Initial popular enthusiasm for the Proclamation was fleeting. January’s announcement of a government – or at least a Provisional Council of State made up of ten German and five Austrian appointees – did nothing to alter the general view of the Kingdom as a puppet state, and Pilsudski soon fell out with his German sponsors, losing his command in March after refusing to have his troops swear allegiance to the Central Powers. By then, with deportations and forced exports to Germany rising all the time, revolutionary events in Russia were threatening to move the goalposts for Berlin and swamping any prospect of further wartime political development in Poland.
So the Kingdom of Poland remained in limbo, destined for history’s dustbin as soon as the War ended and meanwhile amounting to little more than a name and an idea, treated with contempt at the time by both its subjects and its sponsors. Yet sometimes the expression of an idea to the world at large can give the idea life, and many modern Poles view the Proclamation as a vital moment enabling the eventual establishment of a truly independent Poland.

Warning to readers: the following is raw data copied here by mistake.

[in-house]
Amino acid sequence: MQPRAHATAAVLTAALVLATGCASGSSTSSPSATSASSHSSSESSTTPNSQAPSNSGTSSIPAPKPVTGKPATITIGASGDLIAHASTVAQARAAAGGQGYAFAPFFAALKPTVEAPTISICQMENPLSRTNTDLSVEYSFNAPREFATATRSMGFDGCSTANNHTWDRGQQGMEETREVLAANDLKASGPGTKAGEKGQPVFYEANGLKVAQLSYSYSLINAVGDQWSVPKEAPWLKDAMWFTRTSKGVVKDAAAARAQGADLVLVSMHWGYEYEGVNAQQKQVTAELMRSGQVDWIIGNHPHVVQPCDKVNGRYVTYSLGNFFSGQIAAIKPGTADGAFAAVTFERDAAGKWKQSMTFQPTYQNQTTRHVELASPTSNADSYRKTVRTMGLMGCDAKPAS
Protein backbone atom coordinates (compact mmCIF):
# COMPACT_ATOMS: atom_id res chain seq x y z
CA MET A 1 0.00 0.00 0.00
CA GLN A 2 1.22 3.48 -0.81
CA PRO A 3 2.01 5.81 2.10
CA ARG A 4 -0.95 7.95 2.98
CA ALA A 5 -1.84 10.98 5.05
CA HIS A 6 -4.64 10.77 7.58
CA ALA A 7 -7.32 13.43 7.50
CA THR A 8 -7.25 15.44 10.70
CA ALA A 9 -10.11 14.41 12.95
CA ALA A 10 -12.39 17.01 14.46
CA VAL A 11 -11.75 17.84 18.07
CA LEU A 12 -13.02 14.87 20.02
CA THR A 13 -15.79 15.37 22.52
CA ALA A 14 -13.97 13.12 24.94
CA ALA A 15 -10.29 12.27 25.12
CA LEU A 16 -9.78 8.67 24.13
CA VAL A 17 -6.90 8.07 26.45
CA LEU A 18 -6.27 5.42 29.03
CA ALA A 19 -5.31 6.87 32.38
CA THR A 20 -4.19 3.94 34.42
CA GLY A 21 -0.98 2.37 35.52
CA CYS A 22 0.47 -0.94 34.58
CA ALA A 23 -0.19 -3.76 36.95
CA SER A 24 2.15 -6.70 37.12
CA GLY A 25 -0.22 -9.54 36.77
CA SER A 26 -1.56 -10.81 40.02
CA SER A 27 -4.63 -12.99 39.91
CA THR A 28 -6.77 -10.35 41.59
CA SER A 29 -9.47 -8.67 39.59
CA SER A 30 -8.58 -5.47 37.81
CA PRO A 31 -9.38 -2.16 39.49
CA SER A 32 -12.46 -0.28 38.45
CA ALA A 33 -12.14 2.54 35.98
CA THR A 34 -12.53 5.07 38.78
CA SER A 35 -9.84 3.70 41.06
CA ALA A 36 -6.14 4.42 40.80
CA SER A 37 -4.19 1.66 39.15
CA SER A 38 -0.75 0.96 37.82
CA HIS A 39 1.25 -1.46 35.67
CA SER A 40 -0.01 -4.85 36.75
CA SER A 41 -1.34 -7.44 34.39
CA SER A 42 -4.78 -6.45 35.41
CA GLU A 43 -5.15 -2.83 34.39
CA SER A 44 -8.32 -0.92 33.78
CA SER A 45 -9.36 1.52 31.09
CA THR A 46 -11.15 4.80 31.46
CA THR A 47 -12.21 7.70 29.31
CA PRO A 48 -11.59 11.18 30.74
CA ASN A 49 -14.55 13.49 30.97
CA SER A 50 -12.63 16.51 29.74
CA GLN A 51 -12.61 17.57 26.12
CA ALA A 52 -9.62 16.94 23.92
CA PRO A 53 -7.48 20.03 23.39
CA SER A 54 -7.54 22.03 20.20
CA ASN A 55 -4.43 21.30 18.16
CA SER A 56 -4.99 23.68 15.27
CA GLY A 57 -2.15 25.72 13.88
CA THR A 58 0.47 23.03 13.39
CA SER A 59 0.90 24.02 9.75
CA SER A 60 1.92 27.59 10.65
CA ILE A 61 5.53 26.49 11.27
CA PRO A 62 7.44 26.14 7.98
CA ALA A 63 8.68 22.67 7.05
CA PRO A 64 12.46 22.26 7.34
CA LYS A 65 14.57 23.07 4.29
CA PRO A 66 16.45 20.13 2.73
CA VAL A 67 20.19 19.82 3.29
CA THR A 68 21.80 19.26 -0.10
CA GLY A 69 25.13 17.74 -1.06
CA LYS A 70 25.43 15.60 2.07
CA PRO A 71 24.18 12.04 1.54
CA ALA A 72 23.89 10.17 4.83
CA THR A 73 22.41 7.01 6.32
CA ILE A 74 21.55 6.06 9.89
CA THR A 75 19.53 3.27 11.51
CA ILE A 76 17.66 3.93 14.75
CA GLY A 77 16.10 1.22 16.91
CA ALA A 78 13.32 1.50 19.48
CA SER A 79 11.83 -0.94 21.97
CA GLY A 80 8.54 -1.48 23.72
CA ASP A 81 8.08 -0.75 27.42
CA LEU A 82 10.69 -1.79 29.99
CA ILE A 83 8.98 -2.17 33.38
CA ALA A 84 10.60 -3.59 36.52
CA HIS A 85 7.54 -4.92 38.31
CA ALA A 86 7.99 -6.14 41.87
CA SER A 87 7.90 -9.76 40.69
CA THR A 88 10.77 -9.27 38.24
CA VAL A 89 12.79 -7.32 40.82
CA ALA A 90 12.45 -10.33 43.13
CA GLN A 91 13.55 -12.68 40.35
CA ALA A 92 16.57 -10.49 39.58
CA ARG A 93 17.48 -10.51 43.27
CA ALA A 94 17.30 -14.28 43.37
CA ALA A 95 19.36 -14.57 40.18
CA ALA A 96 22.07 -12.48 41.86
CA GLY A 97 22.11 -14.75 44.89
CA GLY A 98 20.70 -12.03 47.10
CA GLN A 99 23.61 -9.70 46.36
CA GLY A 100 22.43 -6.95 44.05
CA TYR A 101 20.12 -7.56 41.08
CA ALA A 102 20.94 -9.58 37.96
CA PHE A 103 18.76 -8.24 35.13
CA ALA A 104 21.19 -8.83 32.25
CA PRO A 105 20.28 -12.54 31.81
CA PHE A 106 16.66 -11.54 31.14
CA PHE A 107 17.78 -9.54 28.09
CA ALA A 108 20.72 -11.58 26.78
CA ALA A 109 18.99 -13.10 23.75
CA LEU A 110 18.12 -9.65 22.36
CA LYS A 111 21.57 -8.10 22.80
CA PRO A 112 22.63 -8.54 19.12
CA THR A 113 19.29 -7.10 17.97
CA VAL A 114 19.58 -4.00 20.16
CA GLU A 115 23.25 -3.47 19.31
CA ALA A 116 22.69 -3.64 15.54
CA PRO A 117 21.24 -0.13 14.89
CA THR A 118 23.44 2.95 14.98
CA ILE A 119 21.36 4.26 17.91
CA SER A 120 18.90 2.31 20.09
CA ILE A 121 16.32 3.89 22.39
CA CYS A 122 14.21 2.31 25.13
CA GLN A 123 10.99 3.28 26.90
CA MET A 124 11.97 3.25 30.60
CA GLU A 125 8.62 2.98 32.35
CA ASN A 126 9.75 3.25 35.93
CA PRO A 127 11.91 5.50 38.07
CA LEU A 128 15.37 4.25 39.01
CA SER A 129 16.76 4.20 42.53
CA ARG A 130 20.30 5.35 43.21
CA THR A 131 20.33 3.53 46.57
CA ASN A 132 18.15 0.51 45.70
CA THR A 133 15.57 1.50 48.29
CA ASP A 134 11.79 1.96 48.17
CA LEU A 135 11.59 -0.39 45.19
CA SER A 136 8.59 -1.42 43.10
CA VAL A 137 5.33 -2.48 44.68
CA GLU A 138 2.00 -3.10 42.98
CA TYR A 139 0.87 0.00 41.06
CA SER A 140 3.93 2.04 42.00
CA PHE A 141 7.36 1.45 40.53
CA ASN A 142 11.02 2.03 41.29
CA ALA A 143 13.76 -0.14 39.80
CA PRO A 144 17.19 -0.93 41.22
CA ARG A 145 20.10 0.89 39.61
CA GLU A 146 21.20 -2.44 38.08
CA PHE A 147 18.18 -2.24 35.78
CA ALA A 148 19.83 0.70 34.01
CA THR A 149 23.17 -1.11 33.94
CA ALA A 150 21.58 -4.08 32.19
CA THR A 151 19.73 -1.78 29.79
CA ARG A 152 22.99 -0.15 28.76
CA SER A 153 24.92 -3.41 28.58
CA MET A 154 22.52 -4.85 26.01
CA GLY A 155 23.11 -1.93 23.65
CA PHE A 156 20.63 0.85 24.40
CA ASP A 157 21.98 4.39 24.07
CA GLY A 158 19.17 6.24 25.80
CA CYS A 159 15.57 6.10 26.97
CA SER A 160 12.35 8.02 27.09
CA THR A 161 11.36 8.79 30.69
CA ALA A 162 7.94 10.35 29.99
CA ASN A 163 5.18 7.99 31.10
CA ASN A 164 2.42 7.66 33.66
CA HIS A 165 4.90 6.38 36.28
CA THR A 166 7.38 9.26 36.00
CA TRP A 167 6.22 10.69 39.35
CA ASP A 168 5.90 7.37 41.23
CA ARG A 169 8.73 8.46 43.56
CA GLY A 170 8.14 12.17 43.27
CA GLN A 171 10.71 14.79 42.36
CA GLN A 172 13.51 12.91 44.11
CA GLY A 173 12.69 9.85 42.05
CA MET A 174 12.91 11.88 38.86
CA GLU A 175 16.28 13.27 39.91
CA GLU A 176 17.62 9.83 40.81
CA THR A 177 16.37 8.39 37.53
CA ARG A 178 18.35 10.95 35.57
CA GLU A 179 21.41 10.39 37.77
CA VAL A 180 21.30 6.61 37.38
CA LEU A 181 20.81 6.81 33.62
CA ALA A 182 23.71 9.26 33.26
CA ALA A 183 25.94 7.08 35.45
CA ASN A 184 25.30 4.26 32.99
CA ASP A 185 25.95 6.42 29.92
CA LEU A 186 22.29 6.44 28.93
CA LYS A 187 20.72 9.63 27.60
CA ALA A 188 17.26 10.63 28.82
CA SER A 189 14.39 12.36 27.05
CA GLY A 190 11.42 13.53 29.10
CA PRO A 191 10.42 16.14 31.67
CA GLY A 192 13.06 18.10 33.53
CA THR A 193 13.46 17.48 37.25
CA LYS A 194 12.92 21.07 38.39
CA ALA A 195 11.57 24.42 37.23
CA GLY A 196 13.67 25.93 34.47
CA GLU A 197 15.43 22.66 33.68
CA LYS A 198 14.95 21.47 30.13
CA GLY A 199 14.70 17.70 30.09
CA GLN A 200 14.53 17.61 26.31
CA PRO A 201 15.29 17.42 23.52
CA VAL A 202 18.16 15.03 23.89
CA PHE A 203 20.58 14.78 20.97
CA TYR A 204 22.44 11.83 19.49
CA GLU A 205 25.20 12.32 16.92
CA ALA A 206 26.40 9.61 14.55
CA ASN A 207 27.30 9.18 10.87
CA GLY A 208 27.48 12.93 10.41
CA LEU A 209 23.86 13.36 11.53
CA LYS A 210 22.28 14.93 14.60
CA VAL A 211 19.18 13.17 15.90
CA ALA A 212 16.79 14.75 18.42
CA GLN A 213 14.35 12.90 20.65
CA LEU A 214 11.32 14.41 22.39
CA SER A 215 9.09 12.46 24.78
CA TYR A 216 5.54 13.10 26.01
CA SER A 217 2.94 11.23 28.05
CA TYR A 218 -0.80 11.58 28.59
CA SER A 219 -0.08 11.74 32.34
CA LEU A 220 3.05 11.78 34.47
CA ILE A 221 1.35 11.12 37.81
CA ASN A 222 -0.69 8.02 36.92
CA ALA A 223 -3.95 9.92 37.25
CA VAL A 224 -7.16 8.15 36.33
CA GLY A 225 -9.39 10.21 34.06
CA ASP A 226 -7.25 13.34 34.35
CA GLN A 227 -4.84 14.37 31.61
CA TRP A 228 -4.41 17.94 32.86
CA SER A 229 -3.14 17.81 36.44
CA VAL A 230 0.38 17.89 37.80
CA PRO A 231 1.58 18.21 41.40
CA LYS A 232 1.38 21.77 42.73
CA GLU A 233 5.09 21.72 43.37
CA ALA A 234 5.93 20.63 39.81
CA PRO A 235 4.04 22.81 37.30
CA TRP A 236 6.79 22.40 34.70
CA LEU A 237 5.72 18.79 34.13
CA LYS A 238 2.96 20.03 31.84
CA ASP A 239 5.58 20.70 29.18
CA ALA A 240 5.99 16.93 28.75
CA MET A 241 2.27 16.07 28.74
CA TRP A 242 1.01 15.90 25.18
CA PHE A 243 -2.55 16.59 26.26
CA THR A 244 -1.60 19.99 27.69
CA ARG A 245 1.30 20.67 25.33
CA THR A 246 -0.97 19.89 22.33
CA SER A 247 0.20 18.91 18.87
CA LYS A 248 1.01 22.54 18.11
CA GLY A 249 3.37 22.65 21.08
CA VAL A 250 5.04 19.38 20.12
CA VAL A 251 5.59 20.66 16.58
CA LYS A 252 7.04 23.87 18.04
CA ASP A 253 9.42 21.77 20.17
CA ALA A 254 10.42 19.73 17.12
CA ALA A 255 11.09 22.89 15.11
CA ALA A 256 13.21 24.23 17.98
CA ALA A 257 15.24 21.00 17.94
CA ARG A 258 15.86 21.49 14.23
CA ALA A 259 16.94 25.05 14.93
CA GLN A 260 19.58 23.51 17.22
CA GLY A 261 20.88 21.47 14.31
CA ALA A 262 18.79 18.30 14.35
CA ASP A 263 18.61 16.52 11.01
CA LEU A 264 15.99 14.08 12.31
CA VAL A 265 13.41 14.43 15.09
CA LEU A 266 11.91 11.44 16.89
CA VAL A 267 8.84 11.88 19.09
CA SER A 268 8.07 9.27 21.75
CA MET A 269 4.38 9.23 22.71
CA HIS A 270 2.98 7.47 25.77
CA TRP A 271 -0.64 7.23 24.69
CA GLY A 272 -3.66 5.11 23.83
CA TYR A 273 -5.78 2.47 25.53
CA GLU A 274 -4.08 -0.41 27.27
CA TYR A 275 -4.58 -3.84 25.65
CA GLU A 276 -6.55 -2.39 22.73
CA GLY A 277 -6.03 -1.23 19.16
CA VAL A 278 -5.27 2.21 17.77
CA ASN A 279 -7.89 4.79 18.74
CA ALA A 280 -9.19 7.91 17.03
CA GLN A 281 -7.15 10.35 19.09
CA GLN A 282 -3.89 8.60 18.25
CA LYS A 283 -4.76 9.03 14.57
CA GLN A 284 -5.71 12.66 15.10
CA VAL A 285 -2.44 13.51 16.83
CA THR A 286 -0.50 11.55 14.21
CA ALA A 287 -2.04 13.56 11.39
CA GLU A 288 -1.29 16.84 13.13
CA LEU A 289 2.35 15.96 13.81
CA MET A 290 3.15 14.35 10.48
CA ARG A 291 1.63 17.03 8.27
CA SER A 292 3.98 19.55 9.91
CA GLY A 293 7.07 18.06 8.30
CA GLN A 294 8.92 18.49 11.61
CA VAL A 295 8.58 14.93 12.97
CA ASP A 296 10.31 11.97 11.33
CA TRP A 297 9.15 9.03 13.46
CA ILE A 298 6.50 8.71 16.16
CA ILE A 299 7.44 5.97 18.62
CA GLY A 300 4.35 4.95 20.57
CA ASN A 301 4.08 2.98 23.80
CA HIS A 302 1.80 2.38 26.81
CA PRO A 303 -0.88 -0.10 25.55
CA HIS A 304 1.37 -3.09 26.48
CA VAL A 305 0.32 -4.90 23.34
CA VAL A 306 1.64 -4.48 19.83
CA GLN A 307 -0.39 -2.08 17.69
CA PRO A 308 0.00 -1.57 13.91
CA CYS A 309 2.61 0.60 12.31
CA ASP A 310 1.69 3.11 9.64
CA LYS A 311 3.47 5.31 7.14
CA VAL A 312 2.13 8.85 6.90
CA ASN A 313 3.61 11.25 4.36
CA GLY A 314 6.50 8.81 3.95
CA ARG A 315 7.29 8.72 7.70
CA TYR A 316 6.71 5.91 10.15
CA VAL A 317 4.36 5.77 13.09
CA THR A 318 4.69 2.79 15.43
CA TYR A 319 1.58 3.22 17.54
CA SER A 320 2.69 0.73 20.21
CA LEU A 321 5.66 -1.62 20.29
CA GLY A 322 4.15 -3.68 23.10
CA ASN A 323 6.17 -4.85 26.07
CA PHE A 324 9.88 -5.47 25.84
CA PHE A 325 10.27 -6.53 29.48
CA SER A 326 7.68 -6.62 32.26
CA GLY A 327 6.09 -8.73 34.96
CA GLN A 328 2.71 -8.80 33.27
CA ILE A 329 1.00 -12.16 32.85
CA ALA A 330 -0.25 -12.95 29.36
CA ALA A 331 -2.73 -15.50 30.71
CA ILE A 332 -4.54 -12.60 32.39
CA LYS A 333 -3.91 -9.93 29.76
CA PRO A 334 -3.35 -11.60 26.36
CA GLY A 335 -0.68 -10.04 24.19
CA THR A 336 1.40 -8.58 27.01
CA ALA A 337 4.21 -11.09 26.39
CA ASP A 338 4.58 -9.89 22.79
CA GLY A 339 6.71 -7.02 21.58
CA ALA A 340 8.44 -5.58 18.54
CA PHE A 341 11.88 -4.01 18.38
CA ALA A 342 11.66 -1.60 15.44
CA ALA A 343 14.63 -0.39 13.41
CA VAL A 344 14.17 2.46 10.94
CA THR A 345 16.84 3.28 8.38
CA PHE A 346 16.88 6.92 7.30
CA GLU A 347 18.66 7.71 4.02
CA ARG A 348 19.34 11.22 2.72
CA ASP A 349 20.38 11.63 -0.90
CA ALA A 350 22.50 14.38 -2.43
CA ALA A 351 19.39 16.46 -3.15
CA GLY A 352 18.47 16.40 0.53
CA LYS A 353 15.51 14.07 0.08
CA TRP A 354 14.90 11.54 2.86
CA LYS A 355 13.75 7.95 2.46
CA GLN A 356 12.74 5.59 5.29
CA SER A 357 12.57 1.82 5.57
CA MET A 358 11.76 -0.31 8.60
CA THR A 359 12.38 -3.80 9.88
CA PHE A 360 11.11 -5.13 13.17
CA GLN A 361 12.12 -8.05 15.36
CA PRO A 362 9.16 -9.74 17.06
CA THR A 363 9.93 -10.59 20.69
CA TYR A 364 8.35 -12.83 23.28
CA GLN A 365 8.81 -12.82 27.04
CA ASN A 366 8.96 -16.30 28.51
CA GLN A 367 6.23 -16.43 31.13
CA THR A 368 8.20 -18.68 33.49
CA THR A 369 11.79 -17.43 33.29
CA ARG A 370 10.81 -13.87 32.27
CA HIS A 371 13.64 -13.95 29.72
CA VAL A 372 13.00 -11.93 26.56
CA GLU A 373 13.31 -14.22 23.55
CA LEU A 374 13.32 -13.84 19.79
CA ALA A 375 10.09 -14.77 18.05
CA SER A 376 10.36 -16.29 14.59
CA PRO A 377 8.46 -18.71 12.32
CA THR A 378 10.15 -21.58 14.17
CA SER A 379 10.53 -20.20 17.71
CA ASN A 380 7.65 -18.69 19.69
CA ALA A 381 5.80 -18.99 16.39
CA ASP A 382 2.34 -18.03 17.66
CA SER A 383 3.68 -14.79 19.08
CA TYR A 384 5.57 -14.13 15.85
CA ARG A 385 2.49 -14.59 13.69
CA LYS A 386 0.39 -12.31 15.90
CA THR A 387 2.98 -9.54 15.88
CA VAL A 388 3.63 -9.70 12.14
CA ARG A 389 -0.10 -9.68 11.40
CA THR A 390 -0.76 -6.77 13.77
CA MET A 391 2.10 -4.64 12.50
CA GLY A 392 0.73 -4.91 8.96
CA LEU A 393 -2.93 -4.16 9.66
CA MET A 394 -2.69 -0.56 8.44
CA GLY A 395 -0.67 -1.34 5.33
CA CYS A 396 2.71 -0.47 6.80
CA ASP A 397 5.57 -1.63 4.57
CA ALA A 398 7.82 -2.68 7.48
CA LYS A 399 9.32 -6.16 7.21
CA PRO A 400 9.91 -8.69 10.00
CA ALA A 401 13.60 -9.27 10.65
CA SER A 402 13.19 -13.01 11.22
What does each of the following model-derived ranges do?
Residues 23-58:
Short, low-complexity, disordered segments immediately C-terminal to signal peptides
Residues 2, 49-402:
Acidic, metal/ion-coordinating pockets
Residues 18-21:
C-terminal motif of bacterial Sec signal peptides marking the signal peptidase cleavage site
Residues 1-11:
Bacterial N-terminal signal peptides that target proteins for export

In part, this refers to the reappearance and widespread adoption of Polish national symbols from November 1916, but the Proclamation is also credited with bringing the question of Polish independence into the international diplomatic arena, because it demanded a response from the western Allies. What had been a debate conducted within three empires hostile to Polish ambitions now included Britain, France and Italy, and would soon include the United States. By the time the War ended full Polish independence would be enshrined as one of US President Wilson’s prerequisites for peace, and the Treaty of Versailles would create an enlarged, independent Poland led by Pilsudski as head of state.
The Proclamation of 5 November didn’t mark any kind of end to Poland’s wartime suffering, and the Poland it helped create was not long for this world, but for all its illusory nature the puppet Kingdom created in 1916 was a reminder of the power of ideas, even when the military overkill gets mind-boggling. The German regime tried deploying an idea to douse the fire of Polish nationalism, and though the tactic failed the idea, released into the ether with a coating of official status, developed an indestructible life and will of its own… one of those small lessons from history worth remembering the next time someone floats a racial stereotype or a Mexican wall idea.